Bramling Cross is permanently closed
American in Ballard
- Perfect for
- Big Groups
- Dinner with the Parents
- Drinks & A Light Bite
- Eating At The Bar
- First/Early in the Game Dates
Have you ever stopped to think about croquet? It’s a sport where people in all-white clothing smack around balls with a wooden mallet between their legs. It’s fancy for absolutely no reason. Same goes for crumb scrapers, and $200 jeans that look like your dog ate them, and getting your hands washed for you in an Aesop store. Although that last one is kind of nice.
Bramling Cross is an example of a place that could have ended up being too fancy for its own good - but instead it’s an upscale pub executed very well. They serve excellent versions of classics like pretzels (with everything bagel seasoning and gruyere sauce), a great burger that you won’t be mad about spending $14 on, and addiction-causing french fries with pickle aioli. There’s also perfectly-cooked seared fish, steak, and smoked short ribs. And you can eat all of these things with your elbows on the table, or with your shirt tucked in.
The setting is comfortable enough to make Bramling Cross at the ready for more occasions than an average pub, but not so fancy that it veers towards stuffy. Hanging lights, exposed brick, and bookcases make the space feel like your college library, only fun, with less shushing and a lot more booze. Speaking of booze, the beer selection is what the place is known for, but the wine pours and cocktails are just as excellent, especially the rotating special.
Whether it’s a casual Wednesday dinner or a Saturday night drinks and snacks power hour, Bramling Cross is ideal when you’re looking for some great food with your alcohol. Just like taking a drunken round of bocce over some cucumber sandwich-fueled croquet match, we’ll gladly hit up Bramling Cross over any pinkies-up spot that’s putting foie gras on a burger.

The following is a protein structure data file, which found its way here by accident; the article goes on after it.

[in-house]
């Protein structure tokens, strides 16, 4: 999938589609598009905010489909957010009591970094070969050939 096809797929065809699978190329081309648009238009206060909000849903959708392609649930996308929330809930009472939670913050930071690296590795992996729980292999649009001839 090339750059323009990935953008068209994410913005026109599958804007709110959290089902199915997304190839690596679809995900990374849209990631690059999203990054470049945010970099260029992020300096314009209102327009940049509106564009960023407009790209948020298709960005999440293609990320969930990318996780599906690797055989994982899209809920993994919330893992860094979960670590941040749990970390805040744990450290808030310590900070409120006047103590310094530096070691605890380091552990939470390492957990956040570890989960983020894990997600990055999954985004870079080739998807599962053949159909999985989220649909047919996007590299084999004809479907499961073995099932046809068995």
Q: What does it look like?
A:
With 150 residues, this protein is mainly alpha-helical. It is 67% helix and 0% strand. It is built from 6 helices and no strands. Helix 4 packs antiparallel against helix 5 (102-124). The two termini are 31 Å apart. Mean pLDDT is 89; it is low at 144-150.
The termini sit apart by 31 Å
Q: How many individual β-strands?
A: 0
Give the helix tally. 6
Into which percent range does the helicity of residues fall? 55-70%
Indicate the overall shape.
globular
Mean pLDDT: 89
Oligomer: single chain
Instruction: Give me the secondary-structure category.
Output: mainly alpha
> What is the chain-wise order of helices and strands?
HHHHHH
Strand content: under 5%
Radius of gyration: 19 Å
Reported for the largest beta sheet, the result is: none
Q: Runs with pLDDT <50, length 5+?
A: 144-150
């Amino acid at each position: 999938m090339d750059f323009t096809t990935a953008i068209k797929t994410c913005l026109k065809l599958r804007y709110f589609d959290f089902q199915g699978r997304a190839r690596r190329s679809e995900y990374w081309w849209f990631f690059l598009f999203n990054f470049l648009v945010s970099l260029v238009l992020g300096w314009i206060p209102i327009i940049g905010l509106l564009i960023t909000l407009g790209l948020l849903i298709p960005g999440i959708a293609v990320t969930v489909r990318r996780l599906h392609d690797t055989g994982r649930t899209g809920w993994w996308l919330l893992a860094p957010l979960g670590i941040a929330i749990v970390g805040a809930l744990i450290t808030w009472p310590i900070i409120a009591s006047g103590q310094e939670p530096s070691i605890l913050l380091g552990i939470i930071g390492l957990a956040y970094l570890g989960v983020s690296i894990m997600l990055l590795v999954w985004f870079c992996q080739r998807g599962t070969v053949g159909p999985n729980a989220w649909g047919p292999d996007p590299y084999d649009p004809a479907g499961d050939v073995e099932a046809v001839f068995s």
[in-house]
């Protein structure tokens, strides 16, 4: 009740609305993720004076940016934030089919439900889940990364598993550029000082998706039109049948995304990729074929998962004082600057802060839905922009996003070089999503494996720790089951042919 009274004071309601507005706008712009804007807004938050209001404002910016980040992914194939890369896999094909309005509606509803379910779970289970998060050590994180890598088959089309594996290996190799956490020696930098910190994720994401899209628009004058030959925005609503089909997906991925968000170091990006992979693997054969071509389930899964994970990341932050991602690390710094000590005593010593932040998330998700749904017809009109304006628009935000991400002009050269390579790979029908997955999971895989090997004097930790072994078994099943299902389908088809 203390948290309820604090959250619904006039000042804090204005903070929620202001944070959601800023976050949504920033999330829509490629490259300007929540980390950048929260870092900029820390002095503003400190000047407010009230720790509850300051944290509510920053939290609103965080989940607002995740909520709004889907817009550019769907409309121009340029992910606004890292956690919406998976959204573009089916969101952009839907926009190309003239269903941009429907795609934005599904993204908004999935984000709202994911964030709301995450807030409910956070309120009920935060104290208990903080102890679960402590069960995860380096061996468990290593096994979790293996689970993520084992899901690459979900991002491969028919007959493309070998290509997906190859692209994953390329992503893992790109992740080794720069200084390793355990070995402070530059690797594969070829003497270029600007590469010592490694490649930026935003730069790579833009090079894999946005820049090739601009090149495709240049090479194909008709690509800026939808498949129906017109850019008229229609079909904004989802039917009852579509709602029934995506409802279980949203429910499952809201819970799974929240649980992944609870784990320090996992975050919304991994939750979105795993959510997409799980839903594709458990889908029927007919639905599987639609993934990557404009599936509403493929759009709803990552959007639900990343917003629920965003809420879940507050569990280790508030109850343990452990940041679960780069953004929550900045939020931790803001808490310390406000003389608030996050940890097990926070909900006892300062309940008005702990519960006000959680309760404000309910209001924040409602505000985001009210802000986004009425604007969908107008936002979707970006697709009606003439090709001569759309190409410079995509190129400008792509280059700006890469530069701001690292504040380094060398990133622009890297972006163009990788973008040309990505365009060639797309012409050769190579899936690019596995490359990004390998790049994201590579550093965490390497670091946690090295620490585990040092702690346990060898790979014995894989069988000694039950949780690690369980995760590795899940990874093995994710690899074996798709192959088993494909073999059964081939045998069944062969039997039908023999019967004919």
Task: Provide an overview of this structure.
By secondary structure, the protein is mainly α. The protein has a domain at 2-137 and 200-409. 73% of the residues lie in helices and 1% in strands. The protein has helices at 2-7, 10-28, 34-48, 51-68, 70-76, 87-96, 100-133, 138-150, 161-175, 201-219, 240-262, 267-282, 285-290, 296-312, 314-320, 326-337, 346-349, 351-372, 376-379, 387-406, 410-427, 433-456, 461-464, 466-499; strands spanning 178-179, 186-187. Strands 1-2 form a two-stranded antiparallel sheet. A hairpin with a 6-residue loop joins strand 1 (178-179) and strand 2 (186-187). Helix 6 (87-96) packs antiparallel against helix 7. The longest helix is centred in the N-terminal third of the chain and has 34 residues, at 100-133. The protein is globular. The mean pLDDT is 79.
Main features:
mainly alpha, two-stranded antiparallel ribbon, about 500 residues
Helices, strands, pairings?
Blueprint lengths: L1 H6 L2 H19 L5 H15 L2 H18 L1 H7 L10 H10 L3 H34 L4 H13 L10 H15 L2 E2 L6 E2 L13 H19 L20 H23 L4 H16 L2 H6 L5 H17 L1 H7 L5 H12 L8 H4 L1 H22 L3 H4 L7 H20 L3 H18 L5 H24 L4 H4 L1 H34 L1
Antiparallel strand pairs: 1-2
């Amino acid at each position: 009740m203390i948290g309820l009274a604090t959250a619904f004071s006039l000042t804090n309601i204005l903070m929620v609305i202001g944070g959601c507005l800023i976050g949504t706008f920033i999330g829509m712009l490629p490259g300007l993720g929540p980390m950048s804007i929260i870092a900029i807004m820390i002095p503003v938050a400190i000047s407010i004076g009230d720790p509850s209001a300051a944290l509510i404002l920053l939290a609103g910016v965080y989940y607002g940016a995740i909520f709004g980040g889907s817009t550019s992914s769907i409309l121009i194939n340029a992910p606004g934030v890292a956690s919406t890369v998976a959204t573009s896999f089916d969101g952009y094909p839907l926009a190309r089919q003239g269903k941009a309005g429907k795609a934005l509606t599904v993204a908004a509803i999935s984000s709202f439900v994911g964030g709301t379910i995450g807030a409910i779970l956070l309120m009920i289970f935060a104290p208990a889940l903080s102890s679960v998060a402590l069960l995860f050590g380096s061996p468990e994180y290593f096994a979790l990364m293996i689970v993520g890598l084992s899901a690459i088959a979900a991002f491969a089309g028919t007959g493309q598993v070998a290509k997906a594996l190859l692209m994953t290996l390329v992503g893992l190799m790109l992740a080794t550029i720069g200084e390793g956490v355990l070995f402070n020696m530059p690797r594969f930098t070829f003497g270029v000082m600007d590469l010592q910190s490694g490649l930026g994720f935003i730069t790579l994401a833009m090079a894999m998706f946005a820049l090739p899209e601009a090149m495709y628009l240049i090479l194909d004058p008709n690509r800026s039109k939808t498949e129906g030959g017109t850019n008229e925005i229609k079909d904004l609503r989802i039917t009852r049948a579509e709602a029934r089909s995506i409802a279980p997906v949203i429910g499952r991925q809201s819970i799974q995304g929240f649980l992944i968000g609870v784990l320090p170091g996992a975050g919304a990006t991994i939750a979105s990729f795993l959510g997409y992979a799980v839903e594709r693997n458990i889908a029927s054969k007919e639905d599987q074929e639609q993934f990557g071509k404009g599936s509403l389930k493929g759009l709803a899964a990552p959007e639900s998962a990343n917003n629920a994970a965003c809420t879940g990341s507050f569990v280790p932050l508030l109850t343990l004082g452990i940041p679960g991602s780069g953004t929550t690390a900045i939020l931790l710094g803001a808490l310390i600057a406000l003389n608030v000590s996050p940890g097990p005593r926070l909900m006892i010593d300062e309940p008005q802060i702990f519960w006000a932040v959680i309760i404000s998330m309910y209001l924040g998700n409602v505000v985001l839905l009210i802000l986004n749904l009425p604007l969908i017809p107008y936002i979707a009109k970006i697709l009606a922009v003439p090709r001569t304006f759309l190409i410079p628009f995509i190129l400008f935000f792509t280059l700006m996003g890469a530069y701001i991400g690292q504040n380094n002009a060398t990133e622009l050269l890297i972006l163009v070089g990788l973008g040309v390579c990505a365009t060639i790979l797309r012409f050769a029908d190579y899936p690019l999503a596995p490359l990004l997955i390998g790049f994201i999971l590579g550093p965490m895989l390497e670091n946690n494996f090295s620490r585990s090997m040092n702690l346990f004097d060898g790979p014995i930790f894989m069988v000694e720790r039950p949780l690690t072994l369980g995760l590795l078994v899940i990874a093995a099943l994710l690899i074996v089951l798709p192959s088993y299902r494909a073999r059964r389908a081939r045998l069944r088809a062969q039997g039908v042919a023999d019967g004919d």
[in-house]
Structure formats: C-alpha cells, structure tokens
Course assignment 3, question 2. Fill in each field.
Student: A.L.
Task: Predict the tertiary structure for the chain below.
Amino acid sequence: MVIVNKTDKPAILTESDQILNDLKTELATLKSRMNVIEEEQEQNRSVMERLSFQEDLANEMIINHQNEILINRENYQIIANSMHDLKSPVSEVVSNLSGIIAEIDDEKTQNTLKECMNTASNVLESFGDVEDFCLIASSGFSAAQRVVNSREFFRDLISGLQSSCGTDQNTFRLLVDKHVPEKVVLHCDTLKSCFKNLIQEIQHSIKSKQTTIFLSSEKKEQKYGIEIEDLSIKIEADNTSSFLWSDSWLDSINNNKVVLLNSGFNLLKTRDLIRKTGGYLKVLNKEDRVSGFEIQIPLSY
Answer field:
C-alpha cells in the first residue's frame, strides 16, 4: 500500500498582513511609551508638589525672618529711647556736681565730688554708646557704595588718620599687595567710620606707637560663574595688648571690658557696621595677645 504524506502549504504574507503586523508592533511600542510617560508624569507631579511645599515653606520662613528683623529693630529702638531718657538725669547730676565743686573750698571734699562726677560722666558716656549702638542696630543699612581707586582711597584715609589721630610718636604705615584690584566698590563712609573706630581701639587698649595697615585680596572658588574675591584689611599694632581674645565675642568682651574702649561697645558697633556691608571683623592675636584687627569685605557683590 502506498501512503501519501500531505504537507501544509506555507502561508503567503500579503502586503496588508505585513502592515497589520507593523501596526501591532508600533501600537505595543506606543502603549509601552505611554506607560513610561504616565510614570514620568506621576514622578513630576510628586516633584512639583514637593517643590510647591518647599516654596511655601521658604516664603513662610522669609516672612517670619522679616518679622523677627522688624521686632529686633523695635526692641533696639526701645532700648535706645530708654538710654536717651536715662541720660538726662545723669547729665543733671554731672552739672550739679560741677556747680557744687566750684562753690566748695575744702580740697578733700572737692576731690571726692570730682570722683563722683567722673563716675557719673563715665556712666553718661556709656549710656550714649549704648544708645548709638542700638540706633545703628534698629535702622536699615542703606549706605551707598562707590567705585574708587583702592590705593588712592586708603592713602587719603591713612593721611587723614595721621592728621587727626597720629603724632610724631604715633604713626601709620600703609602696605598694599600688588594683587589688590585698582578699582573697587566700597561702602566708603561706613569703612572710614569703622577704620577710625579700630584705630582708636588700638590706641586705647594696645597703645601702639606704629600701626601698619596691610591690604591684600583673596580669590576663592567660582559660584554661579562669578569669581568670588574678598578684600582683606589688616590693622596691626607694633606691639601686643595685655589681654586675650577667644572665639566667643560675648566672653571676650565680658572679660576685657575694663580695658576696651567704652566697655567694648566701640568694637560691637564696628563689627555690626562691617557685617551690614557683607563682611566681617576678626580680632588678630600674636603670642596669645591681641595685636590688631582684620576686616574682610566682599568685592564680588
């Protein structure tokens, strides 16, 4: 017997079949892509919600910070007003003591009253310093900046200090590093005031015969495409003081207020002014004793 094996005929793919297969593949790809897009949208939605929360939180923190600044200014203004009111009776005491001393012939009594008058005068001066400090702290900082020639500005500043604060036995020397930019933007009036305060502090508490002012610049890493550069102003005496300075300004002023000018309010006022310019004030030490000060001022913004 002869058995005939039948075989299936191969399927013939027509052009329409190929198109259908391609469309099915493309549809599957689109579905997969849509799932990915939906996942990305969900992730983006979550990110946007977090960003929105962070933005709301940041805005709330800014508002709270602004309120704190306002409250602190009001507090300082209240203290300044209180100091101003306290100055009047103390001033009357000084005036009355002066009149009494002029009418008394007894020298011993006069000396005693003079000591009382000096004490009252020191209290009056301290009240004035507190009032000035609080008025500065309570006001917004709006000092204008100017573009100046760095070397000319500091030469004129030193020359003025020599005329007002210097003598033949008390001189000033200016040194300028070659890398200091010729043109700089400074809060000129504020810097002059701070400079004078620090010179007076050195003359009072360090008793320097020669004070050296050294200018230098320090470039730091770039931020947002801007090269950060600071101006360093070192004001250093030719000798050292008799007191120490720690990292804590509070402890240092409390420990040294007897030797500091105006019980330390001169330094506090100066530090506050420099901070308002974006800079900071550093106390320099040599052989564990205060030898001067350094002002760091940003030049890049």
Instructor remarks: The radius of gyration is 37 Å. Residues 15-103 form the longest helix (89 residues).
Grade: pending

Housemade Everything Pretzels
Even though these are definitely not bagels, they’re the closest thing you’re going to get to an acceptable one in Seattle. The gruyere sauce and mustard that comes with these garlic/poppy/sesame-topped pretzels is excellent. Our one complaint is that we want more of them.
Dungeness Crab Dip
A creamy crock of shredded crab, chives, lemon, and broiled cheese. It comes with a hunk of olive oil-ed baguette for dipping, but using the serving spoon as a personal utensil is your best course of action.
These are not fried pickles. These are french fries that are tossed in some kind of incredibly good seasoning blend that makes them taste like a dill gherkin. Abuse the pickle aioli that comes with them.
Not the best dish on the menu but a better-tasting starter than salad if you’re looking for some vegetables: tender roasted cauliflower with a sweet golden raisin puree, yogurt, hazelnuts, and dukkah spices.
This delicious creation is the perfect combination of classic and fancy: it has some thickness to it and a great char from the grill, and the potato bun is some kind of artisanal number, but it still has just pickles, lettuce, onion, special sauce, and American cheese on top. Upgrade your fries to the pickle ones to win at dinner.
Smoked Pork Short Ribs
If you come here for a real meal, the pork short ribs are your best entree order. They taste like a barbeque pit and come with a fresh creamy fennel/apple slaw and hushpuppies.
A thoroughly excellent roundup of fried chicken pieces, but the coating could use more salt - order this with the “TNT” seasoning option (like a spicy Lawry’s situation) to give it the punch it needs. The sides of creamy grits and bacon collard greens are pretty good too, though not mind-blowing. What is mind-blowing are the homemade biscuits with butter and honey, which you can add-on. You will add them on.
This disappointing rigatoni has boring zucchini, boring pancetta, and boring spicy chile in a pretty boring tomato sauce. Hope for a better pasta option the next time they rotate the menu.